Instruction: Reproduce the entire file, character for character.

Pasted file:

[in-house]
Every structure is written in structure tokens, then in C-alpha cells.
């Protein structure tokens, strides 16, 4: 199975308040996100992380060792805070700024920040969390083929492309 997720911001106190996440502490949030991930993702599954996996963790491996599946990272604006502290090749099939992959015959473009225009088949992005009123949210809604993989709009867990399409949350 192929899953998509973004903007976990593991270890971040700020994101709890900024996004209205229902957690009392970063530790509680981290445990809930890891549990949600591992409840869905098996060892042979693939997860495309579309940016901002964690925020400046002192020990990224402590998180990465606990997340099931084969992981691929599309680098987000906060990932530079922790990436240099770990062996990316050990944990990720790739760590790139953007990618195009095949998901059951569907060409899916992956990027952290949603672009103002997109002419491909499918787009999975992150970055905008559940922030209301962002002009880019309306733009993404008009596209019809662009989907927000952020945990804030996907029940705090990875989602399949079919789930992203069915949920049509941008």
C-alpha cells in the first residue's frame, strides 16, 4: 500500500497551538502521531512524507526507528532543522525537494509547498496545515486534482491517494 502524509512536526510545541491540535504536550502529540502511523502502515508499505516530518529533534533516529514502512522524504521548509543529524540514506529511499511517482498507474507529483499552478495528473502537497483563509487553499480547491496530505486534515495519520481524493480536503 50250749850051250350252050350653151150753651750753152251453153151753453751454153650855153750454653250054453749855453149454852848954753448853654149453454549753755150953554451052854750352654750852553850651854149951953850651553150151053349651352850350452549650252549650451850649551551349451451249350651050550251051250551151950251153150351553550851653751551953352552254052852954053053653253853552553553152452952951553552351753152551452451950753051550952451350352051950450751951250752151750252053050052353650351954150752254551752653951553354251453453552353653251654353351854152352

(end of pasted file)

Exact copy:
[in-house]
Every structure is written in structure tokens, then in C-alpha cells.
């Protein structure tokens, strides 16, 4: 199975308040996100992380060792805070700024920040969390083929492309 997720911001106190996440502490949030991930993702599954996996963790491996599946990272604006502290090749099939992959015959473009225009088949992005009123949210809604993989709009867990399409949350 192929899953998509973004903007976990593991270890971040700020994101709890900024996004209205229902957690009392970063530790509680981290445990809930890891549990949600591992409840869905098996060892042979693939997860495309579309940016901002964690925020400046002192020990990224402590998180990465606990997340099931084969992981691929599309680098987000906060990932530079922790990436240099770990062996990316050990944990990720790739760590790139953007990618195009095949998901059951569907060409899916992956990027952290949603672009103002997109002419491909499918787009999975992150970055905008559940922030209301962002002009880019309306733009993404008009596209019809662009989907927000952020945990804030996907029940705090990875989602399949079919789930992203069915949920049509941008």
C-alpha cells in the first residue's frame, strides 16, 4: 500500500497551538502521531512524507526507528532543522525537494509547498496545515486534482491517494 502524509512536526510545541491540535504536550502529540502511523502502515508499505516530518529533534533516529514502512522524504521548509543529524540514506529511499511517482498507474507529483499552478495528473502537497483563509487553499480547491496530505486534515495519520481524493480536503 50250749850051250350252050350653151150753651750753152251453153151753453751454153650855153750454653250054453749855453149454852848954753448853654149453454549753755150953554451052854750352654750852553850651854149951953850651553150151053349651352850350452549650252549650451850649551551349451451249350651050550251051250551151950251153150351553550851653751551953352552254052852954053053653253853552553553152452952951553552351753152551452451950753051550952451350352051950450751951250752151750252053050052353650351954150752254551752653951553354251453453552353653251654353351854152352